Russian Feminist Punk Band will Finally Go to Court after Five Months in Prison

Pussy Riot

Three young Russian women accused of being members of Pussy Riot, a feminist punk band known for their staged protest against then presidential-candidate Vladimir Putin in February, will finally be getting their day in court.

These women, Nadezhda Tolokonnikova, Maria Alekhina and Yekaterina Samutsevich, have been in prison for over five months now awaiting their court appearance, the proceedings of which are believed to set the tone of how the current Russian government will treat dissenters.

In February, five members of the band descended upon the alter of the Cathedral of Christ the Savior, a Russian Orthodox cathedral in Moscow. These band members then danced, wielded guitars and prayed before being thrown out security.

Just a short time after the incident, a video was posted on YouTube of their exploits, set to a song called “Holy Crap”. The song features all the punk sound that you would expect, but also includes sections of church choir singing interspersed amongst the lyrics asking the Virgin Mary to deliver Russia from Putin and heaping criticism upon the leader of the church, Patriarch Kirill, for supporting Putin’s presidential campaign.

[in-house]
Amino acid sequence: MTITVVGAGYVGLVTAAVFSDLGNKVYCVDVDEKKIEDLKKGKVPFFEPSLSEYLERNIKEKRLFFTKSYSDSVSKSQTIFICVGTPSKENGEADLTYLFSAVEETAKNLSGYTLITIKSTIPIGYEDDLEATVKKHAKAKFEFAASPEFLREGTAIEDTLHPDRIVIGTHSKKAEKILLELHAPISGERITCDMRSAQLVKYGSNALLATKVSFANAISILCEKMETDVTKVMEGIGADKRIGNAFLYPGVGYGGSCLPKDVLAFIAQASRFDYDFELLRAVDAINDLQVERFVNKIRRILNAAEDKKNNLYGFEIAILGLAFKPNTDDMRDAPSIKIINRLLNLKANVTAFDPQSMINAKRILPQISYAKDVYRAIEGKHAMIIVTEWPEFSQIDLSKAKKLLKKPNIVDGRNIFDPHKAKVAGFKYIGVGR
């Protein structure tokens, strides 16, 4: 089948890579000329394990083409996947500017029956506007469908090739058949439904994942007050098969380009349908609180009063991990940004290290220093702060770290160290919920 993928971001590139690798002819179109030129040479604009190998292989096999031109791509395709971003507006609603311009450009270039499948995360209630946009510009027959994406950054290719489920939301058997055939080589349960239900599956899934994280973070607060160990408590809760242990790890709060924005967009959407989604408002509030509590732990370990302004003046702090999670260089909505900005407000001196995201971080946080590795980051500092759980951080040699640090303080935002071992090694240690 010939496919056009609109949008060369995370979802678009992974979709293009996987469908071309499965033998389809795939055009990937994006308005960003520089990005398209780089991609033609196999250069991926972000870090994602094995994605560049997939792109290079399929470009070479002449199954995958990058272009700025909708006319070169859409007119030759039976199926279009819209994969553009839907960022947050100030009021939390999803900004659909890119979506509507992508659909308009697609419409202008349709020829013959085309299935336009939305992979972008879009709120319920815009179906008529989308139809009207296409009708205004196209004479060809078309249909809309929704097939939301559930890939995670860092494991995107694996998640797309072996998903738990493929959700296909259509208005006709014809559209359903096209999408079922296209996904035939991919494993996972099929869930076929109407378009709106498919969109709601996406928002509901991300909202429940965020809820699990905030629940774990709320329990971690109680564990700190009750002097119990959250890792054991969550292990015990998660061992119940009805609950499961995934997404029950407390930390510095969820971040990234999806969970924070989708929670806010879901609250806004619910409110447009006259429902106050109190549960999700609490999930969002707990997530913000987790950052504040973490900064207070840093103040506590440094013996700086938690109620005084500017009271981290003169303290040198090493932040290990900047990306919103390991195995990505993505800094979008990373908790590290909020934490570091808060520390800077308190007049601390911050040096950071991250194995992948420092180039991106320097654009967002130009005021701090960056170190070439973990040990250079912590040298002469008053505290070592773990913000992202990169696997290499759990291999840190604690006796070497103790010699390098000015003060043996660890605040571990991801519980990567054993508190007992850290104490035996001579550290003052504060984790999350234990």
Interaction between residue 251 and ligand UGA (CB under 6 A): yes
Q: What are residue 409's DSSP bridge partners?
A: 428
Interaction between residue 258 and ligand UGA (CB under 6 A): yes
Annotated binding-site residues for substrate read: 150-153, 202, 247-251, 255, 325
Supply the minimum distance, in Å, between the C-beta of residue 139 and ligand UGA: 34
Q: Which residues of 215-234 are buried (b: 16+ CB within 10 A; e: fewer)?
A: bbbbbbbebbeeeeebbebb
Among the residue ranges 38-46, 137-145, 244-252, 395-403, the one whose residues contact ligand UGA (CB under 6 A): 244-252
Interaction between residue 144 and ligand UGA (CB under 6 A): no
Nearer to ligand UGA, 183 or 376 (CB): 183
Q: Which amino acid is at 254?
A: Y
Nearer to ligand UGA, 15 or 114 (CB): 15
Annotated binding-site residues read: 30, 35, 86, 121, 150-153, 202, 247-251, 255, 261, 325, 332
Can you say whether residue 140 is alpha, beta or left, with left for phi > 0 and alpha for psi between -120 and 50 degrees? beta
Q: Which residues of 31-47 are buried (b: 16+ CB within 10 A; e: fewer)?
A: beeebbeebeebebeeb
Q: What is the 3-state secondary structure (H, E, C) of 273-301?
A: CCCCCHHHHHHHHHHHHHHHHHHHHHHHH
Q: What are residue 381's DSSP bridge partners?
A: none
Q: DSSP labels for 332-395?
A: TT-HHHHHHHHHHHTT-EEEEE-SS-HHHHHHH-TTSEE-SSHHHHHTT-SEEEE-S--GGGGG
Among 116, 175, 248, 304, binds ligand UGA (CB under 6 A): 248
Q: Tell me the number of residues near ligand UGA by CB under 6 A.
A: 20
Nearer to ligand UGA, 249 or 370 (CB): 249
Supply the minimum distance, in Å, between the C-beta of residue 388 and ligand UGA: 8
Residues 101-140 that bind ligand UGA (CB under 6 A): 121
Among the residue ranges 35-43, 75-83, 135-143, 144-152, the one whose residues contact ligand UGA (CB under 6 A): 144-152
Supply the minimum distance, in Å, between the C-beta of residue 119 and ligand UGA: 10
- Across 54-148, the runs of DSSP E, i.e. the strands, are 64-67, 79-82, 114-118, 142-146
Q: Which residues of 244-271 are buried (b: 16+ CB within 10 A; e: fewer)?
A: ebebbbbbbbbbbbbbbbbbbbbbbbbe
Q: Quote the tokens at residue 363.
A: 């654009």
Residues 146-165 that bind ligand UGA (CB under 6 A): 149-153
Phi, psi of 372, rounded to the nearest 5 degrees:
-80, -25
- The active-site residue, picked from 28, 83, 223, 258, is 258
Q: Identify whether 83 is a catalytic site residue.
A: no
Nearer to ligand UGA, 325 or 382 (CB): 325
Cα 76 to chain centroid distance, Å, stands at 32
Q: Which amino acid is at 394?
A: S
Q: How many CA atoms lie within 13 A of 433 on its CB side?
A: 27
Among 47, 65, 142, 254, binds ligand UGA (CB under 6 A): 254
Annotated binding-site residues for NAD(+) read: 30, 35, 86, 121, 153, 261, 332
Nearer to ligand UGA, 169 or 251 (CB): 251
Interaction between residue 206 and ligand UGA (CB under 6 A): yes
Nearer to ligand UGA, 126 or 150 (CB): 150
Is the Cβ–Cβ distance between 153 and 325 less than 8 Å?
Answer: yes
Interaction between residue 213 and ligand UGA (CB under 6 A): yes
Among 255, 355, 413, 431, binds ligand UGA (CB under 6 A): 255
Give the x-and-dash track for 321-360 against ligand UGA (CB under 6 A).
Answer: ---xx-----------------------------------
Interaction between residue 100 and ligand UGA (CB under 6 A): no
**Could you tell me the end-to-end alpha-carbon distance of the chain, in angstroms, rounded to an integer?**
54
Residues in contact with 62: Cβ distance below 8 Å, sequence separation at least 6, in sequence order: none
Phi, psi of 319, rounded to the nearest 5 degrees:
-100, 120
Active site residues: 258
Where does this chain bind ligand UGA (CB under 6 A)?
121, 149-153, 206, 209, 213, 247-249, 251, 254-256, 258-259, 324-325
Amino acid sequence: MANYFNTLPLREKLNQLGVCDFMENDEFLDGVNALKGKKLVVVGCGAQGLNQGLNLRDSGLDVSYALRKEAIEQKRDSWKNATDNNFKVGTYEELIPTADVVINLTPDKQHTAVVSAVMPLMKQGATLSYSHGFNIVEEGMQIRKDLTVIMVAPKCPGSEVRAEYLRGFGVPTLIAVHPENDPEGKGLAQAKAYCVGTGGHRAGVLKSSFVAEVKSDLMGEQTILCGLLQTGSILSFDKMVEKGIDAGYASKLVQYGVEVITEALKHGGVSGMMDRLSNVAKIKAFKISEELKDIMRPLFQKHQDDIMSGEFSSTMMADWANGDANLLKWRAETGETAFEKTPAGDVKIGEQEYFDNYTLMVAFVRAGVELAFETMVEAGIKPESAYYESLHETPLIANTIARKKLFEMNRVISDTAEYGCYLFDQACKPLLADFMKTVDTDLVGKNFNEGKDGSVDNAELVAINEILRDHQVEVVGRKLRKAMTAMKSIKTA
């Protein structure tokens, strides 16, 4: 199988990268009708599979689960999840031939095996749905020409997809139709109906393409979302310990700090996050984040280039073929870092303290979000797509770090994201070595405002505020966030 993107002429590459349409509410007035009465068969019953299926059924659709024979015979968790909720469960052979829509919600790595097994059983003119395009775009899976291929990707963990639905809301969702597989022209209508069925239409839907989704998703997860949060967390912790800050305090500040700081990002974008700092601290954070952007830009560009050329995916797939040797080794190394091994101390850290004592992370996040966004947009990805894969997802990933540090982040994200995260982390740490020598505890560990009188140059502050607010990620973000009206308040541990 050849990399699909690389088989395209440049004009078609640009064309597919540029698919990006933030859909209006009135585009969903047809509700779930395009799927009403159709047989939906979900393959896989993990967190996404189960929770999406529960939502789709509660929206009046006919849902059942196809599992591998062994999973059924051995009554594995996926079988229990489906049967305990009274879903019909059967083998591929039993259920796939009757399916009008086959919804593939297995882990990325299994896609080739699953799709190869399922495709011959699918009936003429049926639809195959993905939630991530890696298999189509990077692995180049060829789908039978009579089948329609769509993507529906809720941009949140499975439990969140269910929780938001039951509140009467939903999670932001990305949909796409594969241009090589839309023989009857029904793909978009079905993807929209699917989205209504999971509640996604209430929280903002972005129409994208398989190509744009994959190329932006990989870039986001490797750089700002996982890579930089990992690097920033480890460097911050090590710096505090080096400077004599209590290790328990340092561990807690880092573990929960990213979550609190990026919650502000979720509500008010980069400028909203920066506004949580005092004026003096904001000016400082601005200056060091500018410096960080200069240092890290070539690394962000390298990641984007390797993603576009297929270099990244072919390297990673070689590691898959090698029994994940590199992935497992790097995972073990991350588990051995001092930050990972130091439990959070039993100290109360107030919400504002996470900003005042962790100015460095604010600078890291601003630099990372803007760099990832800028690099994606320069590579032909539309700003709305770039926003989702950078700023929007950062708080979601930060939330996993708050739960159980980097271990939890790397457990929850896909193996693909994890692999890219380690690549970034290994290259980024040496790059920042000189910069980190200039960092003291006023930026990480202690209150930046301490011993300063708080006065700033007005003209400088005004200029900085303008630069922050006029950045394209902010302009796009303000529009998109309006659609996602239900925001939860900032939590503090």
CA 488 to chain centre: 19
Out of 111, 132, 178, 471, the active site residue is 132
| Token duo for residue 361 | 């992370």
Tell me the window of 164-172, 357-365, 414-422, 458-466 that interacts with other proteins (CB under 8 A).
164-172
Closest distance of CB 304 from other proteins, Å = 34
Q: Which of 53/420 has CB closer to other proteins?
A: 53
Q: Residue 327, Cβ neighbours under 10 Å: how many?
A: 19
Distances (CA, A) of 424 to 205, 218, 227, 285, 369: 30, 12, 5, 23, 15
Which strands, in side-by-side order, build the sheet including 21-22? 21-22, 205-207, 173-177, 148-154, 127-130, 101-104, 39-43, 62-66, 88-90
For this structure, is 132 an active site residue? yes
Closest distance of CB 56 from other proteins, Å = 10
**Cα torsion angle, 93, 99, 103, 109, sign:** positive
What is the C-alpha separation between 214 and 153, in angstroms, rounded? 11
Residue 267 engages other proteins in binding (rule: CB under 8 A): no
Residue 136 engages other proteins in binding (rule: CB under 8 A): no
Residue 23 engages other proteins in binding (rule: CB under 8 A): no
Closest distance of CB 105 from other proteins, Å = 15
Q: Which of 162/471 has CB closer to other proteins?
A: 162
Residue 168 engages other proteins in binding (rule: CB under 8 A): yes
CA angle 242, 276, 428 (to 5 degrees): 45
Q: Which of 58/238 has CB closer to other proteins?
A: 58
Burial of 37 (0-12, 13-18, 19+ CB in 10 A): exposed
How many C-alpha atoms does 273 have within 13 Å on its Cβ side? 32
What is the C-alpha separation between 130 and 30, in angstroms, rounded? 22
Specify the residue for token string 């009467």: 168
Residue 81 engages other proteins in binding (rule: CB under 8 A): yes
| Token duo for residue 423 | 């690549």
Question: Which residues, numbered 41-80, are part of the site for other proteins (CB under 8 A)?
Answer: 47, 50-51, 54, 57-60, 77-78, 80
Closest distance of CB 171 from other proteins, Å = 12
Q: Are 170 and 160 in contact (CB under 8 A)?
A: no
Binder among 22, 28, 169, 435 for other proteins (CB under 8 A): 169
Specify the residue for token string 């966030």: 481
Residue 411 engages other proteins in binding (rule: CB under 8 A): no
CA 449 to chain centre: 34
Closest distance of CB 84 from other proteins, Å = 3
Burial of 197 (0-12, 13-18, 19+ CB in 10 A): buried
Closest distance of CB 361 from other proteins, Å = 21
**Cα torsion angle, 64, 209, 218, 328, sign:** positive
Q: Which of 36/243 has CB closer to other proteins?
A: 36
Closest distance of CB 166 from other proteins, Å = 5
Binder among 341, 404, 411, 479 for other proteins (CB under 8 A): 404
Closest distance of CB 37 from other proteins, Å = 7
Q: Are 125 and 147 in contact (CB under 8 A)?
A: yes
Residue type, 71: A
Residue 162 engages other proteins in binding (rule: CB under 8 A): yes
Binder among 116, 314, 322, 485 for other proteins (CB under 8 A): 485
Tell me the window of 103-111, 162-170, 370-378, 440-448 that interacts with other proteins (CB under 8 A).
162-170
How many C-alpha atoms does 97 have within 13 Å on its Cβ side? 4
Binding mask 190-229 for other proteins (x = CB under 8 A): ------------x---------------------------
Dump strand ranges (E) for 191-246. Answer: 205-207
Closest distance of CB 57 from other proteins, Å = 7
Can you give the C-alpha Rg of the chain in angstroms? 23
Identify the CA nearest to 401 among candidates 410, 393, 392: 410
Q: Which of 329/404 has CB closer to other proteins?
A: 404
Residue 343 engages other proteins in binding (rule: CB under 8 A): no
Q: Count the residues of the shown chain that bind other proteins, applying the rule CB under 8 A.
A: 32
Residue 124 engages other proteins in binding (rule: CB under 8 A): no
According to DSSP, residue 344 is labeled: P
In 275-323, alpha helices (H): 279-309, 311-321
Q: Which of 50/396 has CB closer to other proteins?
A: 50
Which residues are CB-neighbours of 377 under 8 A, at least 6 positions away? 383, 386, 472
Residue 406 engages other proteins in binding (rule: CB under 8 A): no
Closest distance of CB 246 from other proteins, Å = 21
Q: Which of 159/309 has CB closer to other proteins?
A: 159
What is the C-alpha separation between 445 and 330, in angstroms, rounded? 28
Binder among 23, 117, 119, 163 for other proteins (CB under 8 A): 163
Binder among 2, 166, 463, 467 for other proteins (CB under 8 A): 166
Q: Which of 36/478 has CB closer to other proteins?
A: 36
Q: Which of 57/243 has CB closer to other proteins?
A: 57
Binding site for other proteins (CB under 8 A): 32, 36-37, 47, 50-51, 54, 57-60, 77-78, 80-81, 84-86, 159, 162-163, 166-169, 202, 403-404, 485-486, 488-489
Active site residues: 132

This was not the first time the band had been in the spotlight for such tactics. They had already staged an anti-Putin performance in the middle of Red Square and one of the band members, who would only identify herself as “Schumacher”, stated that they were ready for something more radical.

Unfortunately for the band, it appears as though the Russian government were at the ready as well. Not long after the cathedral performance, the three women were arrested and charged with “hooliganism” motivated by hatred of the church. If found guilty, these women could face up to seven years in prison.

There have been many pleas of mercy for the women and protestors have gathered outside the court to lend their support. Maria Lipman, an editor and analyst from the Carnegie Center in Moscow, believes that the prosecution will try to end the trial quickly, before support for the women gains momentum and draws more attention and criticism.

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